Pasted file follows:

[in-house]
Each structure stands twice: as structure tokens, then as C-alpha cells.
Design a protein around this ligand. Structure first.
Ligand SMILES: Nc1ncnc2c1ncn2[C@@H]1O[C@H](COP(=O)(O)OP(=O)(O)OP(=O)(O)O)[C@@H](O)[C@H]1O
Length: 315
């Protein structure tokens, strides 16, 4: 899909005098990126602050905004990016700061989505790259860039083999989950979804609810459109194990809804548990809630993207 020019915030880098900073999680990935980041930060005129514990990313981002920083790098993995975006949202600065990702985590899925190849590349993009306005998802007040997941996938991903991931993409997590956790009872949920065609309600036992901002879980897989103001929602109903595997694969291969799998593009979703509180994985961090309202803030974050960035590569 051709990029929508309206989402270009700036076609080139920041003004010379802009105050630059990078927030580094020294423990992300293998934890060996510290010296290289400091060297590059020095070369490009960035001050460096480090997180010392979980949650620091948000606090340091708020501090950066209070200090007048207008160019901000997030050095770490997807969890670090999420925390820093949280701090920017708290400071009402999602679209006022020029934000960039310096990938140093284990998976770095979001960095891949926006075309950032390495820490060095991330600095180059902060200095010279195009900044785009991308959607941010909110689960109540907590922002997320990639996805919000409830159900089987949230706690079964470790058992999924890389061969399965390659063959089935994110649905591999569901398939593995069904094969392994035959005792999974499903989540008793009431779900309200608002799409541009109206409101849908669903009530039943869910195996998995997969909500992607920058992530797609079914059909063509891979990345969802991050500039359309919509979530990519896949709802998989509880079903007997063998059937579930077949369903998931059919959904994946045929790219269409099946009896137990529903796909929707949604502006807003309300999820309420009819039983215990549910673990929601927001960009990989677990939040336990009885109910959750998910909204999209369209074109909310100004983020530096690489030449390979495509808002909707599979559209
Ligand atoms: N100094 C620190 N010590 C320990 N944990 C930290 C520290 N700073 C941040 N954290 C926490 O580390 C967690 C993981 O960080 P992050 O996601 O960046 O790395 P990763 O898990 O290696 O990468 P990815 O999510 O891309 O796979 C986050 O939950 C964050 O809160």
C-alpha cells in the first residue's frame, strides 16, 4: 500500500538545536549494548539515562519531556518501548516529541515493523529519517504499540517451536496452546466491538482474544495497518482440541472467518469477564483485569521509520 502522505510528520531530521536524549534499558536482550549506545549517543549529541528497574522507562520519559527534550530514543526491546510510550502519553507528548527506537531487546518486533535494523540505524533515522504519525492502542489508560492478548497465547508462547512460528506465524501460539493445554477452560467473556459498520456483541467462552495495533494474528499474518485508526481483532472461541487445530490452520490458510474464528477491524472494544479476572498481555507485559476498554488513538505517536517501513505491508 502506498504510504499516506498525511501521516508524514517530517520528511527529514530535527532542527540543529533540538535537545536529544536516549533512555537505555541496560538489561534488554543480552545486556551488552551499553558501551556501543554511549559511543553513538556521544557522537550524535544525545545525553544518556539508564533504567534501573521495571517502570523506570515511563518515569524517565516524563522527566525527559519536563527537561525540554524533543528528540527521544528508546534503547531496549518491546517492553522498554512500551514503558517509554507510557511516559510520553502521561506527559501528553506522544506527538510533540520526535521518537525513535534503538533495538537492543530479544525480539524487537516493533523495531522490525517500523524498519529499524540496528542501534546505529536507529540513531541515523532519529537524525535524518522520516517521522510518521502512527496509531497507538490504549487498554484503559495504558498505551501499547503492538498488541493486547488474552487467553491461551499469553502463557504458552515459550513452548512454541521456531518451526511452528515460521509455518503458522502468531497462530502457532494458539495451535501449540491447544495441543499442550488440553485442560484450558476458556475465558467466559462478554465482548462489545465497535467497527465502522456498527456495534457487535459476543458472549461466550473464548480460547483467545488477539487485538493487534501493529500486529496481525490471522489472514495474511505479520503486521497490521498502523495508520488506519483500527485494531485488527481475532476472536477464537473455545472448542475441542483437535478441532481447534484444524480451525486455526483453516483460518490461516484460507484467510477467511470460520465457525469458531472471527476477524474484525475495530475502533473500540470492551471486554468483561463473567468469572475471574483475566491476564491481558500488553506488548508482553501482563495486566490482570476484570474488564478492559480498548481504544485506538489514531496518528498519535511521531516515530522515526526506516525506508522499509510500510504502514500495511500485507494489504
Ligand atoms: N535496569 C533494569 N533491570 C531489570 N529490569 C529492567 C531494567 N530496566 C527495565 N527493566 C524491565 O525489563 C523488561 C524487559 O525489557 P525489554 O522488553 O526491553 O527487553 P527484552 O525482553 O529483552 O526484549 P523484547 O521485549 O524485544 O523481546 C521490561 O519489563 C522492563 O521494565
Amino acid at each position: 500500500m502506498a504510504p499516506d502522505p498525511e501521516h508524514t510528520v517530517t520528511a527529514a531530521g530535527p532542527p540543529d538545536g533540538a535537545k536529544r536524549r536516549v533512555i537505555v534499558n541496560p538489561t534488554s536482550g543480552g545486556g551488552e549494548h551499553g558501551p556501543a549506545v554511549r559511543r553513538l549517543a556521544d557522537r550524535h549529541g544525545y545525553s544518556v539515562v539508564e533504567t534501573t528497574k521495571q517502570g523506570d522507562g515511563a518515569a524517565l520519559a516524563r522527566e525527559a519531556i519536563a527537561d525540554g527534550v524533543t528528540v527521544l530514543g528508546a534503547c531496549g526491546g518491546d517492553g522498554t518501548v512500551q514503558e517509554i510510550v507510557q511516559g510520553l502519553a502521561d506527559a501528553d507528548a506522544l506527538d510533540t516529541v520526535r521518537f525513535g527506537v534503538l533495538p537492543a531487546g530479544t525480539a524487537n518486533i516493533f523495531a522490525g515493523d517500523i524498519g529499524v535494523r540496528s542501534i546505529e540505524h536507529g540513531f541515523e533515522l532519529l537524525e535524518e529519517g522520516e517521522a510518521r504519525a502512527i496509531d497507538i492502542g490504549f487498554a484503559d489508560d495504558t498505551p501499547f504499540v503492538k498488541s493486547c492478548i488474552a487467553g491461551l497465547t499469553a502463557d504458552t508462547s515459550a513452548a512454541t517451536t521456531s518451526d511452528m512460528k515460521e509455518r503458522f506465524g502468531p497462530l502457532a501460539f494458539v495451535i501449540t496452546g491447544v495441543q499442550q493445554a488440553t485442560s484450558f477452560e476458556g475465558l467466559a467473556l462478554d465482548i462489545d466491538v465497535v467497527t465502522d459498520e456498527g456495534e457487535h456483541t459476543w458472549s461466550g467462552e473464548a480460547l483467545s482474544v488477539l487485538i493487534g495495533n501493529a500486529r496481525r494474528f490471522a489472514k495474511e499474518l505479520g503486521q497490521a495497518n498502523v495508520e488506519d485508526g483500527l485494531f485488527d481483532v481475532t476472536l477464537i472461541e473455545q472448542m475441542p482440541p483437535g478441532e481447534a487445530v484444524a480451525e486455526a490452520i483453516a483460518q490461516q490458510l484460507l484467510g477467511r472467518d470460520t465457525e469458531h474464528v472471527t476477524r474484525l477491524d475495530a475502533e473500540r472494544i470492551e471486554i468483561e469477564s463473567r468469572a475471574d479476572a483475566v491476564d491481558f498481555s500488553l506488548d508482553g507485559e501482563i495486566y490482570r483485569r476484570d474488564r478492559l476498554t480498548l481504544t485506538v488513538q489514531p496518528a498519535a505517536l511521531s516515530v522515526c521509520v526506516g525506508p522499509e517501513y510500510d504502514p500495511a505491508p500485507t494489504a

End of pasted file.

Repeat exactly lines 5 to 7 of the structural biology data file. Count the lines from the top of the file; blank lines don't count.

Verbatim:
Length: 315
């Protein structure tokens, strides 16, 4: 899909005098990126602050905004990016700061989505790259860039083999989950979804609810459109194990809804548990809630993207 020019915030880098900073999680990935980041930060005129514990990313981002920083790098993995975006949202600065990702985590899925190849590349993009306005998802007040997941996938991903991931993409997590956790009872949920065609309600036992901002879980897989103001929602109903595997694969291969799998593009979703509180994985961090309202803030974050960035590569 051709990029929508309206989402270009700036076609080139920041003004010379802009105050630059990078927030580094020294423990992300293998934890060996510290010296290289400091060297590059020095070369490009960035001050460096480090997180010392979980949650620091948000606090340091708020501090950066209070200090007048207008160019901000997030050095770490997807969890670090999420925390820093949280701090920017708290400071009402999602679209006022020029934000960039310096990938140093284990998976770095979001960095891949926006075309950032390495820490060095991330600095180059902060200095010279195009900044785009991308959607941010909110689960109540907590922002997320990639996805919000409830159900089987949230706690079964470790058992999924890389061969399965390659063959089935994110649905591999569901398939593995069904094969392994035959005792999974499903989540008793009431779900309200608002799409541009109206409101849908669903009530039943869910195996998995997969909500992607920058992530797609079914059909063509891979990345969802991050500039359309919509979530990519896949709802998989509880079903007997063998059937579930077949369903998931059919959904994946045929790219269409099946009896137990529903796909929707949604502006807003309300999820309420009819039983215990549910673990929601927001960009990989677990939040336990009885109910959750998910909204999209369209074109909310100004983020530096690489030449390979495509808002909707599979559209
Ligand atoms: N100094 C620190 N010590 C320990 N944990 C930290 C520290 N700073 C941040 N954290 C926490 O580390 C967690 C993981 O960080 P992050 O996601 O960046 O790395 P990763 O898990 O290696 O990468 P990815 O999510 O891309 O796979 C986050 O939950 C964050 O809160």